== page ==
Silver and Gold qualifying adventurous journeys
July was a busy time for participants and leaders of the Open Award Centre of The Duke of Edinburgh’s International Award in Gibraltar with Silver and Gold Qualifying Adventurous Journeys having taken place.
In a change from the norm and due to a number of factors, the Open Award Centre (OAC) needed to organise qualifying Adventurous Journeys (AJs) for its Silver and Gold groups in the same area. The area selected was the Sierra de Gredos, northwest of Avila, an area normally used by the OAC for Silver AJs; but due to its vast expanse and multitude of available routes was able to facilitate groups from two distinct levels.
In total there were seven Gold participants and 44 Silver participants who began the journey at 8am on Sunday, July 3.
After an 8-hour coach trip, they arrived at Gredos Centre, their base for the week, where they settled in and, after dinner, held initial meetings with the AJ assessors.
Monday was dedicated to route planning, equipment checks, safety briefings and selection of expedition food. That night all participants prepared their rucksacks for an early start the next day.
On Tuesday, all groups started to leave Gredos Centre from 06.30 at intervals of twenty minutes. The Gold group went off in a separate direction to the Silver groups, as they were using a completely different area. The seven Silver groups were walking in two other directions so by 07.30, all groups had left.
At Silver level, the AJ saw the participants travelling approximately forty-eight kilometres on foot over three days with two nights spent under canvas. The participants carried all their food, tents, stoves, fuel, and other equipment in their rucksacks as they were expected to be self-sufficient during the venture. The same applied for those at Gold but they covered approximately eighty kilometres over four days with three nights under canvas.
As if that was not enough, they did this in unfamiliar wild country by navigating their way along a pre-planned route, occasionally getting lost. But that is not all. The Award requires that participants undertake "a journey with a purpose" and to this end they also need to produce a group project of the venture, which can be anything related to the area or to their journey. The final piece of documentation that each participant will eventually submit is a camp diary; their own reflection of the AJ itself. Both the project and camp diaries are due to be submitted in the coming weeks after which the participants will be deemed to have successfully completed their AJs.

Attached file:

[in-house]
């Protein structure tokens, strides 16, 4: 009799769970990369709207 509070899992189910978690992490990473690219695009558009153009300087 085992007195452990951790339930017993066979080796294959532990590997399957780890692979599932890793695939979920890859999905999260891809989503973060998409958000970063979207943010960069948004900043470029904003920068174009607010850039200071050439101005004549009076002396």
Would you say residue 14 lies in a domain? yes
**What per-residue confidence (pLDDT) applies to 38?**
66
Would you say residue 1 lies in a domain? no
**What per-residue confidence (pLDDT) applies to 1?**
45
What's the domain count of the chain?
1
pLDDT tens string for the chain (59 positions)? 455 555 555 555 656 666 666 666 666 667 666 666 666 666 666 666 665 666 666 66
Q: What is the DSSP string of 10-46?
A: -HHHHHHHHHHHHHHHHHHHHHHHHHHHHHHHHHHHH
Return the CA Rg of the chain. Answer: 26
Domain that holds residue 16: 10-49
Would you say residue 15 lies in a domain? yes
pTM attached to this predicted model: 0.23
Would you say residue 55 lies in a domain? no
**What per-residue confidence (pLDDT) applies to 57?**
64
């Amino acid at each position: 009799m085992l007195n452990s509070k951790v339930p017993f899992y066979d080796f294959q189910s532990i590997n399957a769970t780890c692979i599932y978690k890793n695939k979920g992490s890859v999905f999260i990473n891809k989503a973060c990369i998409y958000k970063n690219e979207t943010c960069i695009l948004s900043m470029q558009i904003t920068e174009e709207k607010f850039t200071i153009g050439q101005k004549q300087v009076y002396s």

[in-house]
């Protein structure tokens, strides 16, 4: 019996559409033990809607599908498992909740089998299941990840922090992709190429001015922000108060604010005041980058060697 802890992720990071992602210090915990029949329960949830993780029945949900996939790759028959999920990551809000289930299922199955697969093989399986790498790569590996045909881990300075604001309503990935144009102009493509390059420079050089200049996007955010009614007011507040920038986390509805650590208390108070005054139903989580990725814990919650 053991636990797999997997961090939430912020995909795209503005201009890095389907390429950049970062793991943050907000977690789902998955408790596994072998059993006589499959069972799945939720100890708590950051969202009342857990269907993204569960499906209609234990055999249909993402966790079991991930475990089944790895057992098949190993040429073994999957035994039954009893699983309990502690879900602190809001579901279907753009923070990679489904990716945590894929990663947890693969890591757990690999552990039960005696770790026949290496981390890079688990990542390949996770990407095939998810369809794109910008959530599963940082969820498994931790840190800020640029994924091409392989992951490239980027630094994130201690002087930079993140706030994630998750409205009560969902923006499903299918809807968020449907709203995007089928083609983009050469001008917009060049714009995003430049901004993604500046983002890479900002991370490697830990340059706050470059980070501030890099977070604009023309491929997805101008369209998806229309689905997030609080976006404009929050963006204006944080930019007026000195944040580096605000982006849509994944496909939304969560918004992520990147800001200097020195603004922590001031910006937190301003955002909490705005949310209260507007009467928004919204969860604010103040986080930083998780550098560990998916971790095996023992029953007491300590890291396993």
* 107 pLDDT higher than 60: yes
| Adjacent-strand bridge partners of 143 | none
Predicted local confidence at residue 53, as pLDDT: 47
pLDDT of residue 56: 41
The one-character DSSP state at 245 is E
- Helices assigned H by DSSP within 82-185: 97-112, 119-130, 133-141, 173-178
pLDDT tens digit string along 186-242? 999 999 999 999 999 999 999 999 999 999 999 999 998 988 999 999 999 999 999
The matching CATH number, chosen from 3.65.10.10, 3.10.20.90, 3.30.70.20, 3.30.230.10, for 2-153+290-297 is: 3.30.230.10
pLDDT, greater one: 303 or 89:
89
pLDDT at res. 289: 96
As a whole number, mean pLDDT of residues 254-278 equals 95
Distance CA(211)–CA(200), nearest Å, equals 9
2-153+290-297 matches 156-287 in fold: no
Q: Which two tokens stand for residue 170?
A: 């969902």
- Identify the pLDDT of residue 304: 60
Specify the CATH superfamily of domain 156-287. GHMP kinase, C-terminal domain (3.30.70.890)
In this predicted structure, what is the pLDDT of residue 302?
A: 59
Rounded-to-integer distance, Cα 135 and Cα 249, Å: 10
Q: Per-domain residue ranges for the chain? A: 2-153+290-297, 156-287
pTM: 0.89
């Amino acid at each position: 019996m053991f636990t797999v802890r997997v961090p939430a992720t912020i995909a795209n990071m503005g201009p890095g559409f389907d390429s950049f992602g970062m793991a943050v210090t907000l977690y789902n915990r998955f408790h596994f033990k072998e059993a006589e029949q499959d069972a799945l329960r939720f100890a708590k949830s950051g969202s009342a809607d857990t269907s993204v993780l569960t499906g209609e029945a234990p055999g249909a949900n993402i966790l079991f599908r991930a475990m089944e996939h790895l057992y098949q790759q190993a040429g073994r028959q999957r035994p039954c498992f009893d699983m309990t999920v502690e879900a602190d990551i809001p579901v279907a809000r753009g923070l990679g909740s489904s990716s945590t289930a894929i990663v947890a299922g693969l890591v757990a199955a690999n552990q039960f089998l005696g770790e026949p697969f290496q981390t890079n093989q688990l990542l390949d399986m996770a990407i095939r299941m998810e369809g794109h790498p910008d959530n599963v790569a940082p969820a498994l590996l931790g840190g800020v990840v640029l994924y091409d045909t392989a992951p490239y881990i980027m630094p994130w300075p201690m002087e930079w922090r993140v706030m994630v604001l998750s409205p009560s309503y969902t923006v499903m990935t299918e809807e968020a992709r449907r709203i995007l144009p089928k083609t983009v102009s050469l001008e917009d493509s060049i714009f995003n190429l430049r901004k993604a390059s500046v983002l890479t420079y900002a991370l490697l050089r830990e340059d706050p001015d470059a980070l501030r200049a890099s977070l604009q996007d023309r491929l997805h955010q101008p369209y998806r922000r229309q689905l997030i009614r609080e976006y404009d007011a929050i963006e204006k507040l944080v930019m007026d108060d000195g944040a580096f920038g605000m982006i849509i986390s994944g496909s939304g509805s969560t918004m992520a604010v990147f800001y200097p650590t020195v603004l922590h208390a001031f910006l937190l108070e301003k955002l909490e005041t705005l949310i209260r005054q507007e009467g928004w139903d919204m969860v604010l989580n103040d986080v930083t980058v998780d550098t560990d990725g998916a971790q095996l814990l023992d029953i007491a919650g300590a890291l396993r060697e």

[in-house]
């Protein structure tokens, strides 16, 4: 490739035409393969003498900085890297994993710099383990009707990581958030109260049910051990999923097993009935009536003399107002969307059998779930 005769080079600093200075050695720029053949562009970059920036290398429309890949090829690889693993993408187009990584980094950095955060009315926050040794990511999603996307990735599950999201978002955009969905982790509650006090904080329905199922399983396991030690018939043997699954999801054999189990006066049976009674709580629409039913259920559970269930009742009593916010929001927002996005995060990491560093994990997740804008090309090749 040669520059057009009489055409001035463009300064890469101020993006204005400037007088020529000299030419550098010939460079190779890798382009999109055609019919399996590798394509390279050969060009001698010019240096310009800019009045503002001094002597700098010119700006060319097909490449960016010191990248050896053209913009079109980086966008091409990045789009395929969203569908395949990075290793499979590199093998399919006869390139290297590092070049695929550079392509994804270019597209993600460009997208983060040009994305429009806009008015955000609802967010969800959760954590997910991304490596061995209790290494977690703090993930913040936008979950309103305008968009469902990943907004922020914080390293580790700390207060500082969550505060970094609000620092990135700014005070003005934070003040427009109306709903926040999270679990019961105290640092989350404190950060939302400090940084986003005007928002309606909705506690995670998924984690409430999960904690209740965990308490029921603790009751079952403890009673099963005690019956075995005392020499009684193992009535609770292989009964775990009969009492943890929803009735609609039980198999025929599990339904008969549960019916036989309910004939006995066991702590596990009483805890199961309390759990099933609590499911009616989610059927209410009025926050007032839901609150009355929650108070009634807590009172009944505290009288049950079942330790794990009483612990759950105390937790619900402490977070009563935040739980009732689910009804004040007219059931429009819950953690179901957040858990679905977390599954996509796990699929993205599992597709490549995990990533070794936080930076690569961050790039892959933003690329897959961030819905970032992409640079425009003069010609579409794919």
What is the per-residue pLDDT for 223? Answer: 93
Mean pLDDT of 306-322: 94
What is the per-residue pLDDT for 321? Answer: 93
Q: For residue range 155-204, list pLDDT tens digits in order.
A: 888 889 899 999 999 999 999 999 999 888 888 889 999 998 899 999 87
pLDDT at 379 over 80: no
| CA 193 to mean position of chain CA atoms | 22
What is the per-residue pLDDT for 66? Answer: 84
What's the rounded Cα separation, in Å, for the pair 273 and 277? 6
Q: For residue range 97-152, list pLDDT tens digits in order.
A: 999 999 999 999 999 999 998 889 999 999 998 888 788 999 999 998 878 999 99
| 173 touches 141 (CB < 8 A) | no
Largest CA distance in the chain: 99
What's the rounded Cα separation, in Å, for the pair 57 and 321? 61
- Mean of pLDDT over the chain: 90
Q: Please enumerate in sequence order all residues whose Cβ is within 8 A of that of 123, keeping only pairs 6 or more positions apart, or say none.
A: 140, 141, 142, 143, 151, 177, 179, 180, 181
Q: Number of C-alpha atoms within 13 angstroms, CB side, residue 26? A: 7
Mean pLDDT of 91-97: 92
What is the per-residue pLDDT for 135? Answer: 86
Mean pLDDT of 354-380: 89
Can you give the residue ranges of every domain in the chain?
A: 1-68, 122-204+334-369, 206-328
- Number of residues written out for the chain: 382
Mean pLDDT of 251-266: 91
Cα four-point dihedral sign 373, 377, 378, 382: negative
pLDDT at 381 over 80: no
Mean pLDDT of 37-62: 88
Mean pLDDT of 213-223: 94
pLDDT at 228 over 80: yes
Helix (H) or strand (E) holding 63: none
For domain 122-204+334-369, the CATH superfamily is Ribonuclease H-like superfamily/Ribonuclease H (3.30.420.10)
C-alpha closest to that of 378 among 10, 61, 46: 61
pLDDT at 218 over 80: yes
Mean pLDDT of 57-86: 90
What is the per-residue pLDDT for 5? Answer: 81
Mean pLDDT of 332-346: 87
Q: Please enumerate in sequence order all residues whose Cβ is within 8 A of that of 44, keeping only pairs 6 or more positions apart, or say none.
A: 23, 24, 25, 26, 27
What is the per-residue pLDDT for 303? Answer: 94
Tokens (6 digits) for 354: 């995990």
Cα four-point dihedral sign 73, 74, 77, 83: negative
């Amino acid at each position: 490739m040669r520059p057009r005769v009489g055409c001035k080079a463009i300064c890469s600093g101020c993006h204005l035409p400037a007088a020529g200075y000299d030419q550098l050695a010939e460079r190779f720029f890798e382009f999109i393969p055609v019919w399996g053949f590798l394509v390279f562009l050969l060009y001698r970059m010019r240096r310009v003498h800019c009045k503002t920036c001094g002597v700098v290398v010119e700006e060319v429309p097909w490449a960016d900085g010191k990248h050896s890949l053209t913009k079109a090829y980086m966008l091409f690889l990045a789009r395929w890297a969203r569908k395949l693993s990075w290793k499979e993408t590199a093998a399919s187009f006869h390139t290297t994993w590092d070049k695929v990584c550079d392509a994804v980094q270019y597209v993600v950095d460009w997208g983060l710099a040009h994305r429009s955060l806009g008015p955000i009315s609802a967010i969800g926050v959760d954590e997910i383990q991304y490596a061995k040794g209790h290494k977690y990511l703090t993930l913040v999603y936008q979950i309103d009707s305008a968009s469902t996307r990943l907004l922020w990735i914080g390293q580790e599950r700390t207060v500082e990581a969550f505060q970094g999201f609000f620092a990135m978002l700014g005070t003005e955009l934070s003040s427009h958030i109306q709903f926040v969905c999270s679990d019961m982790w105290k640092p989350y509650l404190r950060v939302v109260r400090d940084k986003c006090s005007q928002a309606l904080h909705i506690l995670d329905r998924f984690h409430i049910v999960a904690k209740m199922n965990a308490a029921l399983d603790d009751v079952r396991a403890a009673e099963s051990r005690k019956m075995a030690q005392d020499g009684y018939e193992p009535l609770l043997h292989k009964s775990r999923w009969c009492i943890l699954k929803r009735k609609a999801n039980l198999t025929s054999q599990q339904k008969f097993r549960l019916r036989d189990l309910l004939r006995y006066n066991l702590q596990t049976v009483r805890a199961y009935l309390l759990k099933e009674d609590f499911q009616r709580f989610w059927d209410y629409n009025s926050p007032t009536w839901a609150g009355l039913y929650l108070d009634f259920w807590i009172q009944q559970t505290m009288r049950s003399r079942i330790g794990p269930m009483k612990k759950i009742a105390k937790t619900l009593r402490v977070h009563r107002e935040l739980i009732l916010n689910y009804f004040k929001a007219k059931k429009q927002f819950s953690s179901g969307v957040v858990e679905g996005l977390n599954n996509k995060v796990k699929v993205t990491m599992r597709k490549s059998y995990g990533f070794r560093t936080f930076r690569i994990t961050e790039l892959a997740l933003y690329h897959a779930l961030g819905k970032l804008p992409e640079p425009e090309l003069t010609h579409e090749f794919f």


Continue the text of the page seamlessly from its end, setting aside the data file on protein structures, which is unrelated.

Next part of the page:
The logistics of organising a trip such as this with a large group of young people certainly had its challenges. Originally, there were supposed to have been eleven Gold participants in two groups but the day before departure four of them tested positive for Covid, thus resulting in only one group of seven making the trip. This required a rearrangement of tents and group equipment, as well as a decision about what the group’s project would be based on. The Gold participants are to be commended on promptly resolving all the issues and how quickly they adjusted to working as a ‘new’ team over their four-day AJ.
The temperatures in the area where the AJs took place were remarkably high during the day, up to 32˚C, but dropping to around 10˚C overnight. Coping with these changes in temperatures proved quite a challenge for several Silver participants who became unwell and were unable to complete the AJ; although a great shame, they will be re-attempting the AJ later this year.
To add to the drama, on the final evening, the Gold group had to be moved from their planned campsite, owing to emergency works in the area, and had to use an alternative campsite.
Adult leaders, who functioned as supervisors and were responsible for the safety and well-being of the participants whilst away from the Rock, accompanied the participants on the trip. The Award and the participants want to thank them, and many others, for all the time they have spent over the years in getting them ready for the qualifying AJ and for accompanying them on this venture.
The participants and the Open Award Centre met the costs of the trip together with support from the Gibraltar Government’s Youth Grant.
For further information about the Award as a whole, please contact the Director, Michael Pizzarello, firstname.lastname@example.org or visit www.thedukes.gi